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Strength Training in Aging Adults

When we think of strength training, we don’t think of the ways it will impact our day-to-day lives. It is even more important for aging adults to start a strength training program. As adults age, basic movement becomes much more difficult. People retire, they are less active, and they have fewer reasons to get up and out of the house. So they sit all day and their muscles atrophy.

That’s why it’s so important need to stay active as we age. We need to find or stick to an exercise routine to preserve our independence for as long as possible—not just for our own sakes but also so our children won’t have to take care of us (or pay someone else to).

The exercise needs of the aging population vary by degree, not kind. What is standing up from the toilet? An air squat. What happens when someone lifts something overhead? A shoulder press. How do groceries get unloaded from the car? With a farmers carry.

Aging adult athletes may not be breaking gym records, but they can certainly perform modified versions of everything the rest of the class is doing—and a good coach will know how to guide them. Intensity is relative for every athlete in the gym, while range of motion and movement goals stay the same.

Strength training is also critical for aging adults because it helps prevent and reverse osteoporosis (brittle bones). Even minor slips and falls often result in broken bones in aging men and women with low bone density. Lifting heavy objects increases that bone density and reduces the risk of injury.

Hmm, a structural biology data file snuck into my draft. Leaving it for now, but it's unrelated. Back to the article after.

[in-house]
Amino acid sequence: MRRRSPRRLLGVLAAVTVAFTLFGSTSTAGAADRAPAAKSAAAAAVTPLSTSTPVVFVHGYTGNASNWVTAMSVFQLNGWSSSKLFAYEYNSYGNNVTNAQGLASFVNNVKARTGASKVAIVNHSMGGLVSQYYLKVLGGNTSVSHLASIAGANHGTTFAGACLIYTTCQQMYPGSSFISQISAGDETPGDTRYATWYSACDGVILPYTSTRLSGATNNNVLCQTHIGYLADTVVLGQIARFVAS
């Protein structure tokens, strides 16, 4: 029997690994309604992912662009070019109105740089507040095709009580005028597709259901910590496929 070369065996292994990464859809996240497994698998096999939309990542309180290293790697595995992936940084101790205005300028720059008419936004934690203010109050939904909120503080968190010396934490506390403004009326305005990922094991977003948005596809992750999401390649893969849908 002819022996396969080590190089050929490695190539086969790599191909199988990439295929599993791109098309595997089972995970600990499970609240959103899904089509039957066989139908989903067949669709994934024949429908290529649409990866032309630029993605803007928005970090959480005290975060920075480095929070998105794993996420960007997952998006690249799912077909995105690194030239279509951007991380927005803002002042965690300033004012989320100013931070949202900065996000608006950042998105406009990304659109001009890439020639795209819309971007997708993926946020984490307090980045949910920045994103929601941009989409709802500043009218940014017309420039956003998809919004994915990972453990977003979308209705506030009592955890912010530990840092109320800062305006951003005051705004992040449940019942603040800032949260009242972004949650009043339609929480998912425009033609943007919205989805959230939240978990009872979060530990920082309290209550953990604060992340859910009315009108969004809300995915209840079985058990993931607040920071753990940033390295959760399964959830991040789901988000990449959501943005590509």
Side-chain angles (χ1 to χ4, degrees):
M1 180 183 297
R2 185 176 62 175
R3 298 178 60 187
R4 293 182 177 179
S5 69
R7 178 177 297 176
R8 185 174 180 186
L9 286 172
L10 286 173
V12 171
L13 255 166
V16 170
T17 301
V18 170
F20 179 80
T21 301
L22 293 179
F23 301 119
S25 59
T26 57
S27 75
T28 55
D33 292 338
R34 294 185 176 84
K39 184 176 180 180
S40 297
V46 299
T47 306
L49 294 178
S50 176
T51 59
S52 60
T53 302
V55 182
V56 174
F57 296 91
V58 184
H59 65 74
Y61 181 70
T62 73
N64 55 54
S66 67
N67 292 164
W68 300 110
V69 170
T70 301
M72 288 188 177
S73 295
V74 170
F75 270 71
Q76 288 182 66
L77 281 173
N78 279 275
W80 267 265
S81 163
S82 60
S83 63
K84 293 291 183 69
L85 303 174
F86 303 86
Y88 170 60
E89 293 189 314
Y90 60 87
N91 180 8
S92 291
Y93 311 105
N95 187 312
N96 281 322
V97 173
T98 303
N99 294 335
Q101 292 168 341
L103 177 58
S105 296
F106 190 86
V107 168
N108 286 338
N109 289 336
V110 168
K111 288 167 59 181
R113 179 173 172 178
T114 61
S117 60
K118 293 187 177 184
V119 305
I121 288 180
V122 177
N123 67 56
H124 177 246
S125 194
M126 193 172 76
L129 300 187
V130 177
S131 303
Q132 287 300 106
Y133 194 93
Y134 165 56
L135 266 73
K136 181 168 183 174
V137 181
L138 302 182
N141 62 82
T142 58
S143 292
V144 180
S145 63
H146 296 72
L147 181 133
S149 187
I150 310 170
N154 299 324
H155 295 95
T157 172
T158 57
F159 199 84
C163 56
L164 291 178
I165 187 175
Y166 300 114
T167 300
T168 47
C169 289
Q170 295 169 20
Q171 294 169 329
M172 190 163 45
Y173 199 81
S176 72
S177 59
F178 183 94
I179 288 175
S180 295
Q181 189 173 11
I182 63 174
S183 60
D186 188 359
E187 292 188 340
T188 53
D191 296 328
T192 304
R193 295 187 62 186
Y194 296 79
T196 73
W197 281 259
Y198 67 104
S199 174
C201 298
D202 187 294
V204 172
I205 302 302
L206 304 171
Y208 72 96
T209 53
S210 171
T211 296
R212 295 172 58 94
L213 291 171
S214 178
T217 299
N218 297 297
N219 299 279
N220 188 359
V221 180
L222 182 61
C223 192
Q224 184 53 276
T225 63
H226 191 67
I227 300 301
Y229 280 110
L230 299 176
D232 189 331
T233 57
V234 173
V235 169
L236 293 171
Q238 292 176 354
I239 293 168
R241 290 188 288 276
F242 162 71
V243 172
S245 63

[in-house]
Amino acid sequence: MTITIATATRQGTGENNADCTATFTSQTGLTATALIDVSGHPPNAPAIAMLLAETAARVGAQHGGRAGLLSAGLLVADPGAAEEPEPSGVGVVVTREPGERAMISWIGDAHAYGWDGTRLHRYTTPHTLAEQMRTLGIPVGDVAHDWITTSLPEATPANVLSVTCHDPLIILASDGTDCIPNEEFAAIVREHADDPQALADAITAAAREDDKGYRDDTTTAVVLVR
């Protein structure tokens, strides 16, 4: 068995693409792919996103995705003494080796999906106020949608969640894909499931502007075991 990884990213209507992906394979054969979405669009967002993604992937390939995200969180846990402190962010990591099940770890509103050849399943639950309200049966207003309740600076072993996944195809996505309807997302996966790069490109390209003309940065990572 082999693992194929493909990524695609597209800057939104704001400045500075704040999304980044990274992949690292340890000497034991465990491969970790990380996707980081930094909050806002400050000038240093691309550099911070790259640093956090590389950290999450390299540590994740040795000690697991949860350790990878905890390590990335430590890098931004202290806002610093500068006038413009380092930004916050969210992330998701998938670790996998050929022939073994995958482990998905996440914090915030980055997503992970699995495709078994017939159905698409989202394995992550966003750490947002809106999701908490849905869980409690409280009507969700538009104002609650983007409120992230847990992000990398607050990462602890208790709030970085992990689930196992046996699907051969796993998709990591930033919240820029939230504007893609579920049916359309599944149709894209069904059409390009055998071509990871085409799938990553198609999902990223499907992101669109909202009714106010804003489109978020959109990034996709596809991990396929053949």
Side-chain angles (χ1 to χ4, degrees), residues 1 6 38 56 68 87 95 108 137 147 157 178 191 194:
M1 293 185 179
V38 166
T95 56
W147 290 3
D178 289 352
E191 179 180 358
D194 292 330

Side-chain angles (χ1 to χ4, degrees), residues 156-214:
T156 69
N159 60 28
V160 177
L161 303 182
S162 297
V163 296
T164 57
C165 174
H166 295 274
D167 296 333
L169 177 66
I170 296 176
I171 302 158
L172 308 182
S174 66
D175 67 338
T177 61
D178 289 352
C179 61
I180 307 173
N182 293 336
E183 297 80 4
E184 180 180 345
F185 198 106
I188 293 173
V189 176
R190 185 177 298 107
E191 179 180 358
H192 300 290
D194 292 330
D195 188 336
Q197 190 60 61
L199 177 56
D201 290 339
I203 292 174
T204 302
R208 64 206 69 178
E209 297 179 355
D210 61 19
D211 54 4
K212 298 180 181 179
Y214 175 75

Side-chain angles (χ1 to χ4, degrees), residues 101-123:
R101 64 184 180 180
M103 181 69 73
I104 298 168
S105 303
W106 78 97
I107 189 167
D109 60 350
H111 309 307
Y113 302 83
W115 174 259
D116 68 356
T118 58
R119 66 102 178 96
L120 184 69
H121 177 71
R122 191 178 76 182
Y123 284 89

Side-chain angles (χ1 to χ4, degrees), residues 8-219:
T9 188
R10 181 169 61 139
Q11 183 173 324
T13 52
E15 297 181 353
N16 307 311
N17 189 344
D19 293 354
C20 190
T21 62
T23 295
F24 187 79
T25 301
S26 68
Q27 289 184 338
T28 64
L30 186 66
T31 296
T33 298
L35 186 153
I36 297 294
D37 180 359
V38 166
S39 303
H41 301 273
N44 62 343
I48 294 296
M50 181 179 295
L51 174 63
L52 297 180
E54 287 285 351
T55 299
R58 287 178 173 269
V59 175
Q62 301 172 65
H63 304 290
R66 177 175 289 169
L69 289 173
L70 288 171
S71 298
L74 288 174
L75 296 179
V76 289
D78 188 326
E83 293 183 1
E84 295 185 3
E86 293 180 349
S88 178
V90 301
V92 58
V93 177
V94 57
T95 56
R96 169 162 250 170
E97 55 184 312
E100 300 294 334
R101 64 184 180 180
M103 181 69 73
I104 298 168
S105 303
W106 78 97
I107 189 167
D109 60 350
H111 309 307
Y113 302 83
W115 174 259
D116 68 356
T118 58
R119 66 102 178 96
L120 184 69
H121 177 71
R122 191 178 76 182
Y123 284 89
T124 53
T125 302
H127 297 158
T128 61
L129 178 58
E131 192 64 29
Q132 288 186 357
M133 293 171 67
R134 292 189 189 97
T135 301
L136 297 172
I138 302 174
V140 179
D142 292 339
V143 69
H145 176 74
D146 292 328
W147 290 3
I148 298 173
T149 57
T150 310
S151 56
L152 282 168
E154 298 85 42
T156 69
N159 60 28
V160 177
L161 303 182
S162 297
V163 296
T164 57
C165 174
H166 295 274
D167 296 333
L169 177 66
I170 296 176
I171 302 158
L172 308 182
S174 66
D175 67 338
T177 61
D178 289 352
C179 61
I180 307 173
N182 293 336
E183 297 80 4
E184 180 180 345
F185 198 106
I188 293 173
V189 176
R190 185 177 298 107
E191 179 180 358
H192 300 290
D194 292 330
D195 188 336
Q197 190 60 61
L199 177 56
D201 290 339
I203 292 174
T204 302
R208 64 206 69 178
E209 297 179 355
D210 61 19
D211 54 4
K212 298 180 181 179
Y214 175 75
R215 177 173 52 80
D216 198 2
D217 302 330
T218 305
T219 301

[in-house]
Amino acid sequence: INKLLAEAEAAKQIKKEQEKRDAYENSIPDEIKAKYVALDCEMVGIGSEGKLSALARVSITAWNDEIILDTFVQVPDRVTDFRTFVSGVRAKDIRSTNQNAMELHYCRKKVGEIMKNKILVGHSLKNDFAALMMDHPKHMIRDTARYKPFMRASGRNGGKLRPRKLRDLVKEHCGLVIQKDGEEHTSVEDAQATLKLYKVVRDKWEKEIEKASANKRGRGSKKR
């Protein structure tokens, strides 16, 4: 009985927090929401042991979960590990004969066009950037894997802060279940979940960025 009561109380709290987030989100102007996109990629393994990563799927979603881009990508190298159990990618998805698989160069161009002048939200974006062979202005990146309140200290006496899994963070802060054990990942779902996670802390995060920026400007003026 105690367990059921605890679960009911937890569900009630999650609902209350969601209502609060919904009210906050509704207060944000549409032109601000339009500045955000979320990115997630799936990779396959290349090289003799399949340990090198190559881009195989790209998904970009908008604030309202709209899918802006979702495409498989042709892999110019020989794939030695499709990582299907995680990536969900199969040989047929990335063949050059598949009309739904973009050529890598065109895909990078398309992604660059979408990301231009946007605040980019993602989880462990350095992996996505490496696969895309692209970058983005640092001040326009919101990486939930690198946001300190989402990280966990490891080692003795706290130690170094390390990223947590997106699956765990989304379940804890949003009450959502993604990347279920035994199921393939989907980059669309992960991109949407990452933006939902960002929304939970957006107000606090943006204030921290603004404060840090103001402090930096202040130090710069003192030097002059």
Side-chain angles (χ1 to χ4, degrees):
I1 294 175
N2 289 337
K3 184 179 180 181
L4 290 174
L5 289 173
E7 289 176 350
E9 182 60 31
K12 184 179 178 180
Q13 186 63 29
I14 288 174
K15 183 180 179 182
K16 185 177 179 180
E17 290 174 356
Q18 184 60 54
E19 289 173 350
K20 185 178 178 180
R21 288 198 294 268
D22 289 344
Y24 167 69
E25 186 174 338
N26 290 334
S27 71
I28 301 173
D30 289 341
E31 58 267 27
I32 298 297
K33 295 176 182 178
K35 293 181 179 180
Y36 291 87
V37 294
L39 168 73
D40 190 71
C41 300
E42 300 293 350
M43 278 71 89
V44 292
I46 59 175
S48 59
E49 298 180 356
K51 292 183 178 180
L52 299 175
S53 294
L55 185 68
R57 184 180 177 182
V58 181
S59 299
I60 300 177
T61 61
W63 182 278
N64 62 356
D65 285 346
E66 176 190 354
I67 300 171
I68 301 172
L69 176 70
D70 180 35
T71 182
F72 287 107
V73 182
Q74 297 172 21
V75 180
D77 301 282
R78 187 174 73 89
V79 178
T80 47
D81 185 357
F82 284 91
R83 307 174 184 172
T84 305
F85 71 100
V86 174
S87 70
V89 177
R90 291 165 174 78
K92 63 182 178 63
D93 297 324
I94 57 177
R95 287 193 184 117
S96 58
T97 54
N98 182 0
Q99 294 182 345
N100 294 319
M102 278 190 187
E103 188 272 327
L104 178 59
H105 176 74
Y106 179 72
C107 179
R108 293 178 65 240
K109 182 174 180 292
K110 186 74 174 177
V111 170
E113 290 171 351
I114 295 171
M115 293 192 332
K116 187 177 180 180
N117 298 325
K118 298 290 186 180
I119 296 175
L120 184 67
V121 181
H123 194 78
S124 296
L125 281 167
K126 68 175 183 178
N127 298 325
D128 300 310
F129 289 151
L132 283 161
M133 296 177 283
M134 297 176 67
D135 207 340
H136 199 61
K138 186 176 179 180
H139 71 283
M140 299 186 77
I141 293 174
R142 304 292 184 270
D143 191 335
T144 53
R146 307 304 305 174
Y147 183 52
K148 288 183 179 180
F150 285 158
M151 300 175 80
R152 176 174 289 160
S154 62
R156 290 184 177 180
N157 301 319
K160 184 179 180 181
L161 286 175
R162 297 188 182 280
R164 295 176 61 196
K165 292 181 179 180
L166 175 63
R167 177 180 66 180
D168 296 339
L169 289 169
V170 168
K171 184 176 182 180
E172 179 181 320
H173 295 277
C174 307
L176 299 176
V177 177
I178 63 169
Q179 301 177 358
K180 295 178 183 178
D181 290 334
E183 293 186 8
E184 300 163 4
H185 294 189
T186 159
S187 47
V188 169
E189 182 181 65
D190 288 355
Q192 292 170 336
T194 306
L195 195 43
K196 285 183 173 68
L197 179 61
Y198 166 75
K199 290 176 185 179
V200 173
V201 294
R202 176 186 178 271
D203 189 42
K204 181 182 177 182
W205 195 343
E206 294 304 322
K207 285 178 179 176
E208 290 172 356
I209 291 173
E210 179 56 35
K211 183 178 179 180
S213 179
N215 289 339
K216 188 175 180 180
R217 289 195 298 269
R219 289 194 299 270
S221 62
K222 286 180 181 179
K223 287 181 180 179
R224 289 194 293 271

Group fitness classes may or may not be appropriate for all aging adults. At Flex Appeal, we have several 50-plus-year-old athletes, and they do great in classes. We even have a class dedicated to women ages 50-75.

“As a never athlete, I had no idea what kind of movement I could or should do to improve my situation. I had no vocabulary to identify the muscles that hurt and no clue how to make the pain stop. With all my issues, I could not just hop on a treadmill and fix myself, although I did try.” -Sandra

To learn more about our strength training classes, book a No Sweat Intro here.

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